Upcoming Events:

Sugarlands MountainFest



come on down and visit the distillery today!


805 Parkway, Gatlinburg, TN 37738



Distillery Hours:

Monday - Saturday 10am - 11pm
Sunday: Noon - 7 pm

Our Story

Sugarlands Distilling Company produces craft quality moonshine and whiskey. The distillery in downtown Gatlinburg, Tenn. is a popular attraction where guests are invited to taste free samples of authentic Sugarlands Shine, take behind the-scenes tours of the production, and purchase a variety of moonshine flavors, mountain merchandise, and apparel.


Trails, Creeks, and Peaks

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Appalachian Trail

The Appalachian trail is roughly 2,180 miles, passing through 14 states from Georgia to Maine. Here in the Sugarlands, we host some of the most scenic and diverse sections of the whole trail. The Sugarlands includes the longest continual stretch above 5000 feet; it includes more tree diversity than Europe as a whole and mountain lore that has been shared for decades. The Sugarlands includes vistas typically only found in the Rockies due to unique rock formations that have created a section of the trail called the “Sawteeth”. From Newfound Gap to Charlies Bunion, hikers experience a wide range of vegetation, many vista breaks, a backcountry shelter for overnight stays and one of the best scenic lunch spots in the South East.

Many stunning and secluded locations can be found with the help of an experienced guide. Enjoy the beauty of scenic spots, unknown to many Sugarlands locals. Such as Lester Prong headwaters on the jump-off trail, and the original “Bunion”. Guides also have amazing insight into the early mountaineers perspective. Such as Horace Kephart's retelling of the forest fires of the 1900's. You will appreciate the guided re-counting of the Sugarlands rich history along with the breath-taking landscape.

Charlies Bunion

Charlies Bunion also located on the Appalachian Trail, is home to some of the most rugged cliffs and ravines in the park. Heavily visited by day hikers, we will escape to areas where the path is less traveled. Some of the first settlers from North Carolina crawled over this area and into the Porters’ Flats to set up their homestead. Views of Mt. LeConte, Ocunaluftee Watershed, and the Sawteeth Ridge of the Appalachian Trail are highlights along this tour. Learn about the Spruce-Fir tree epidemic and enjoy cool mountain air on one of the most exposed sections of the park. Hear the stories of how “Bunion” got its name, as well as how both natural and human interference created this raw beauty we call, Charlies Bunion.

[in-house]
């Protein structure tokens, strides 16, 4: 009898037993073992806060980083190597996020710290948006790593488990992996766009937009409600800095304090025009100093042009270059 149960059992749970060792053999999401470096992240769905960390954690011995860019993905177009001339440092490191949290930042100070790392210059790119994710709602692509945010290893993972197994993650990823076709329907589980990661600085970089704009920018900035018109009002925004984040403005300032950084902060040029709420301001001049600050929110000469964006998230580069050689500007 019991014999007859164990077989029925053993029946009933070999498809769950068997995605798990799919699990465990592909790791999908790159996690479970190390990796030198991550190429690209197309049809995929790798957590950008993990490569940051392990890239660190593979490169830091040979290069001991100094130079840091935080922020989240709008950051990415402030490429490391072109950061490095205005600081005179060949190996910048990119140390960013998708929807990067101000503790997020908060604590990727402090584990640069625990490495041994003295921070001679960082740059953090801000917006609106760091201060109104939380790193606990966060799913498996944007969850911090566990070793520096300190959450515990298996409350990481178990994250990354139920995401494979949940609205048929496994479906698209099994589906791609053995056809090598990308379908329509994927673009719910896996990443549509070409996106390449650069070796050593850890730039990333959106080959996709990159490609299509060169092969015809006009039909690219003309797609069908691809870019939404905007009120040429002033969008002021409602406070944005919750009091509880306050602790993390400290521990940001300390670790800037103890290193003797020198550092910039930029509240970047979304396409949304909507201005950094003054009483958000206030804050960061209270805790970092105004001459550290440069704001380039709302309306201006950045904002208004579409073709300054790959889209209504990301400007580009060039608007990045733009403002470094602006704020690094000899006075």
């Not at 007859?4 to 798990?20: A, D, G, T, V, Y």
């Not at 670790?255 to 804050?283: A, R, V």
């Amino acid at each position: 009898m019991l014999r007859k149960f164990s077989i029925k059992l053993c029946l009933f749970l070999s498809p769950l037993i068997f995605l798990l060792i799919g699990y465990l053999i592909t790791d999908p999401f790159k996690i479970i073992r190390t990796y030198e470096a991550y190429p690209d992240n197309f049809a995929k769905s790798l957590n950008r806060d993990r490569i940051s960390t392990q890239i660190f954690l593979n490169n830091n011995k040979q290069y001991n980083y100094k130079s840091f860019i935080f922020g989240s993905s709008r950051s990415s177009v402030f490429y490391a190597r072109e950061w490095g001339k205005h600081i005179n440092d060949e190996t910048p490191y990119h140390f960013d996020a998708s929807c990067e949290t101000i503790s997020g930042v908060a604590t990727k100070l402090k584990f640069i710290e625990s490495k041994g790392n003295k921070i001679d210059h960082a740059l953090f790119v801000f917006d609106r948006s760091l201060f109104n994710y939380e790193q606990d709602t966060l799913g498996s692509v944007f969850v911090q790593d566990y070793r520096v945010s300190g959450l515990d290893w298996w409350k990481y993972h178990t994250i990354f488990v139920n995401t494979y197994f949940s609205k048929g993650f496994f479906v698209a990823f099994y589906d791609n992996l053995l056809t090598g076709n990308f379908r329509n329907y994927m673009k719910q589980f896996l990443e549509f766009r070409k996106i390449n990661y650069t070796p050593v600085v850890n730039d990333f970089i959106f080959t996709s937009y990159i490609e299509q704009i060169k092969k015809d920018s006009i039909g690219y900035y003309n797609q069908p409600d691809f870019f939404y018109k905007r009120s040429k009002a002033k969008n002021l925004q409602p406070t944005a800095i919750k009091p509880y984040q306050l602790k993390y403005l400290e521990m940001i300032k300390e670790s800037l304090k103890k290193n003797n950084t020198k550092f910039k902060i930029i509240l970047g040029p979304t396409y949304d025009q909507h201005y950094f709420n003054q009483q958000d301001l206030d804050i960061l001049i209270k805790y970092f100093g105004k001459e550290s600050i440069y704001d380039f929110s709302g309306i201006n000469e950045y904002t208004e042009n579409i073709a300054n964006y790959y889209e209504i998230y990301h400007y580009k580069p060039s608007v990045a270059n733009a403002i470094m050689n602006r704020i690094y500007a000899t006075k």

Newfound Gap and Indian Flats

Newfound Gap is considered the newest and lowest gap (route) across the Smokies. Indian Flats, about 1.5 miles west of Newfound Gap was the original road crossing of the Great Smoky Mountains. As Arnold Henry Guyot, a Swiss geographer measured many of the southern Appalachian elevations, he concluded that the "Newfound Gap was the best suitable Gap notch in the mountains to travel over". The trail to Newfound Gap takes you to an elevation of 5046 feet. The ecosystem you will witness is so different it is comparable to that of driving from Georgia to Maine. The temperature is consistently 10 degrees cooler than Gatlinburg.

Newfound Gap is also home to the Rockefeller Memorial. The Rockefeller Memorial was created to honor the $5 million donation made by the Rockefeller Foundation. This donation was an integral part of land acquisitions and brought about the creation of the Great Smoky Mountains National Park.

Also, the Appalachian Trail crosses the road here which is the TN and NC state line. In the 1830s, Indian Gap, charged a toll that allowed for journeying down the incredibly rugged trace. During the Civil War William Thomas, along with 600 Cherokee Indians, transformed the treacherous crossing into a road that served the armies of both sides.